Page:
Saturday, May 22, 2010

Are you a "good" client or a "bad" client?

I put the words good and bad in quotations because, as I've as I’ve discussed before, this is not about being right or wrong - yet these are words we definitely understand. We hear so much about a bad contractor, a nightmare remodel, yet we've all grown up with the quote "the customer is always right."

So I want to address the clients as the remodeling relationship progresses, who they are and what they bring to the table.

One of my previous articles was about a client who wants to help in order to save money. I've talked about how this doesn't save them money because, for myself as a contractor when I enter into a remodel, I have my whole crew and I am the project manager. So I don't need anyone, especially the client, doing their own demo, going to the paint store or going to the hardware store. In fact, this may even increase the cost because, if they get the wrong paint and I have to go to the paint store, I have to pay my crew that extra time. It wasn't any fault of mine or the crew’s that the job was delayed.

If the homeowner goes to the store to buy, let's say crown molding, and they don't get enough, then my crew chief has to go to the store to buy exactly the amount that was needed. If, let's say, the store was out of that particular crown molding and we had to get another type or wait for the same crown molding to come in, then more money is being spent because the crown molding the client purchased can't be used. The client may end up having to pay for the downtime if there's nothing else on the job that can be done while waiting for the new order, thereby causing the crew to be delayed.

I want to talk a little bit about referring and how a client who has been happy with the results refers a construction company.

I had a client (she was a coaching client), who decided that she really wanted to act as the general contractor on her own project. This is absolutely okay and she did a good job getting the remodel that she had envisioned.

However, the project manager she hired to help her look at bids, go over contracts, and keep things moving, was what she termed a “nightmare”.

She put in a lot more work because eventually she fired that project manager and she took over as the general contractor and the project manager. Now this can absolutely be done, and be done effectively. However, if you're not used to doing this for a living, it becomes your entire life, because there's a lot more that goes into a remodel than just “this is what I want the kitchen to look like, I've hired everybody and it'll just get done”.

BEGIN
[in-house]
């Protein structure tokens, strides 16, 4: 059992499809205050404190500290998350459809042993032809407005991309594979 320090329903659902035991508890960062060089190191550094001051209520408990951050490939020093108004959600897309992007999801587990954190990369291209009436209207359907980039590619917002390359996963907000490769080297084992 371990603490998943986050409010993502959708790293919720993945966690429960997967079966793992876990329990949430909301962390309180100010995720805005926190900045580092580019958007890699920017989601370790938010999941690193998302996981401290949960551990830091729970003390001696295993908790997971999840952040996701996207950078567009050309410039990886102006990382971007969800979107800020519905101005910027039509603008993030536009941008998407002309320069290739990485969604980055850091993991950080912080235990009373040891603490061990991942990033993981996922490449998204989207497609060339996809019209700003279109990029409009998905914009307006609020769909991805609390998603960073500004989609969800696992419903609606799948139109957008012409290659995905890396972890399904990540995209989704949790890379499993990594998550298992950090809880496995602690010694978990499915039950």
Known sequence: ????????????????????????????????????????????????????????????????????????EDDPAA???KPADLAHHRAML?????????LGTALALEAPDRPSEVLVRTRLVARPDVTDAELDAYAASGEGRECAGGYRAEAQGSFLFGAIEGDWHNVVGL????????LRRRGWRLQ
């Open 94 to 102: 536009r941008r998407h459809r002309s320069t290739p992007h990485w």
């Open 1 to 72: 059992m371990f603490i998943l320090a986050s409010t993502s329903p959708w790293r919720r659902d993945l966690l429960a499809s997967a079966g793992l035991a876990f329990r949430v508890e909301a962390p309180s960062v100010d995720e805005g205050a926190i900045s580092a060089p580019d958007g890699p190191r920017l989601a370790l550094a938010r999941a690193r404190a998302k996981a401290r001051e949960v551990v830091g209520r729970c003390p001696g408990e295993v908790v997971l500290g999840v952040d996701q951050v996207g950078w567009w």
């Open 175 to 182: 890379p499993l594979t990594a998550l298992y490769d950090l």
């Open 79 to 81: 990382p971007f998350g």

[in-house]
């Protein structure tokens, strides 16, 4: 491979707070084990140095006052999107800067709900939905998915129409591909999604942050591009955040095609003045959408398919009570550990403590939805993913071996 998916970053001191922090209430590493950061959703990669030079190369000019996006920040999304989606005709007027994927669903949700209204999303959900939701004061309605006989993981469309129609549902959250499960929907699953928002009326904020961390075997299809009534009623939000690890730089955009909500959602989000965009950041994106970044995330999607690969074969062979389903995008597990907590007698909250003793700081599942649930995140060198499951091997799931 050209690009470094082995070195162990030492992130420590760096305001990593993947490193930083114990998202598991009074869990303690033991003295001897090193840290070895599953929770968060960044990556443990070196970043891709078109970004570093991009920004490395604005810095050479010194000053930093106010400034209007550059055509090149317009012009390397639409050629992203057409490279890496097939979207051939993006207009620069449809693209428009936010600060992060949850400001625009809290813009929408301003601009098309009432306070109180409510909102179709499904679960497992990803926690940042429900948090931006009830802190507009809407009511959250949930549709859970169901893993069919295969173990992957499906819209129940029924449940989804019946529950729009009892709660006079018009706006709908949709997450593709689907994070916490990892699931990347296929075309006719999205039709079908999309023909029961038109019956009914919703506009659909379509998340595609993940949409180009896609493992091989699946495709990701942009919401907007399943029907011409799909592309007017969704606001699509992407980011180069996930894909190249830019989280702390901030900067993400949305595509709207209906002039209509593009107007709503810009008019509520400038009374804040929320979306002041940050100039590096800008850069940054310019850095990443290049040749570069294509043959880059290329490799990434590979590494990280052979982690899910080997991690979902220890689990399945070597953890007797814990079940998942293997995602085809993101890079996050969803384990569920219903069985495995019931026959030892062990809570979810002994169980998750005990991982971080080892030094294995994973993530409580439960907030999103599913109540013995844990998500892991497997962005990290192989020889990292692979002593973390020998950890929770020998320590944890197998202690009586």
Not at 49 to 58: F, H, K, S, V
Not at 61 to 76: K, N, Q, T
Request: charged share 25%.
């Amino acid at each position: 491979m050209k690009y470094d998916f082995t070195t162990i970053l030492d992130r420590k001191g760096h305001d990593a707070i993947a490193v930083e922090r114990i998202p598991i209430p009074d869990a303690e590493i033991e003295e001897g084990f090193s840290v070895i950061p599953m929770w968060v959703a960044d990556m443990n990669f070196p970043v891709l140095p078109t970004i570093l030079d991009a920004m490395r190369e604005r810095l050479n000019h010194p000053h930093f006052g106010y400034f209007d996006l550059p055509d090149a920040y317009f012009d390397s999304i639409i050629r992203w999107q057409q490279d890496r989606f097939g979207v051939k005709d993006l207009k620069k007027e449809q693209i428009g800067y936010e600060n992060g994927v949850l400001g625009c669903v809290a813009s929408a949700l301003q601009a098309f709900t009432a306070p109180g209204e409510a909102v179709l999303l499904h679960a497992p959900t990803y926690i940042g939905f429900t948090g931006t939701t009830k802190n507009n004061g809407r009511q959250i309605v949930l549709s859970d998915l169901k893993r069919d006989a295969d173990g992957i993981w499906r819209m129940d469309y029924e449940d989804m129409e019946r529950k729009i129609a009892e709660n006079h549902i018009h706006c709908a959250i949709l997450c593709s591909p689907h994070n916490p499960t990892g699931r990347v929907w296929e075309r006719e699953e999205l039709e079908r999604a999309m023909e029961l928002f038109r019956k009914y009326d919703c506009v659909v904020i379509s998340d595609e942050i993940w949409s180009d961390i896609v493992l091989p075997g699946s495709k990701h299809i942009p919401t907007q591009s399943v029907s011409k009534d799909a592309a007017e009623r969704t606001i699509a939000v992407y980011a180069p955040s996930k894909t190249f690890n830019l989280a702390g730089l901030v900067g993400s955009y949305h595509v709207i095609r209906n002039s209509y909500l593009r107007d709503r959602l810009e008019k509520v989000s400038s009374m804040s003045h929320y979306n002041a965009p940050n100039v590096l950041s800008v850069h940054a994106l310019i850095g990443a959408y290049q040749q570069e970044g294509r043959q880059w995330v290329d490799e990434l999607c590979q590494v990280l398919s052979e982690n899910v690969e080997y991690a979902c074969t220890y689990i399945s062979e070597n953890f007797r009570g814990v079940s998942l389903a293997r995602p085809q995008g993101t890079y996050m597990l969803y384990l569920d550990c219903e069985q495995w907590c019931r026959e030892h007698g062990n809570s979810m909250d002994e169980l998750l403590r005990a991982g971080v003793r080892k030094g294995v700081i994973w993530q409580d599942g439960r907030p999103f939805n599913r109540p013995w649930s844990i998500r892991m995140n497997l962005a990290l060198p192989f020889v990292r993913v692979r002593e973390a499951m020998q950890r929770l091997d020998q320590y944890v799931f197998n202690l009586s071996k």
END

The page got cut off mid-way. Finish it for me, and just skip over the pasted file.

That's not the case. This client realized that if she had hired my company, not only to do the work but also to do the project management, she could have acted as the general contractor, paid all of the subs, put my company on payroll (as a project manager) and gotten the job that she wanted - without all of the nightmares and the delay in schedules that did occur.

I was talking to a friend who said that she really knew she could have done a better job had she had me and it would've been easier on her, so she wanted to refer me to friends and some of her clients. However, she wanted to be the project manager on the job if she did that.

I told our mutual friend that it would not work because she is referring someone to me and in doing so she must let go of that "lead". Her wanting to be the project manager is, in essence, wanting to make sure that my company does exactly what she feels it should do in relation to what our expertise is.

Said simply, she wanted to keep track of the lead and make sure that it went the way she wanted it to go for her referral. I told the mutual friend that this wouldn't work for me because I have a crew, I am the contractor and I am the project manager. Now, in the past, I have hired project managers, but they have worked with my company and managed the projects after having been trained by me.

The bottom-line is I told the mutual friend that, if she wanted to refer people to me, that would be great but she must let go of the need to control that referral. If she could not find a way to make herself do that than she needed to start her own business and that's fine too.

Stay tuned for more in my upcoming book: Remodel 411 – The Relationship of Remodeling.

Reva Kussmaul
CEO – Eye For Detail Inc.

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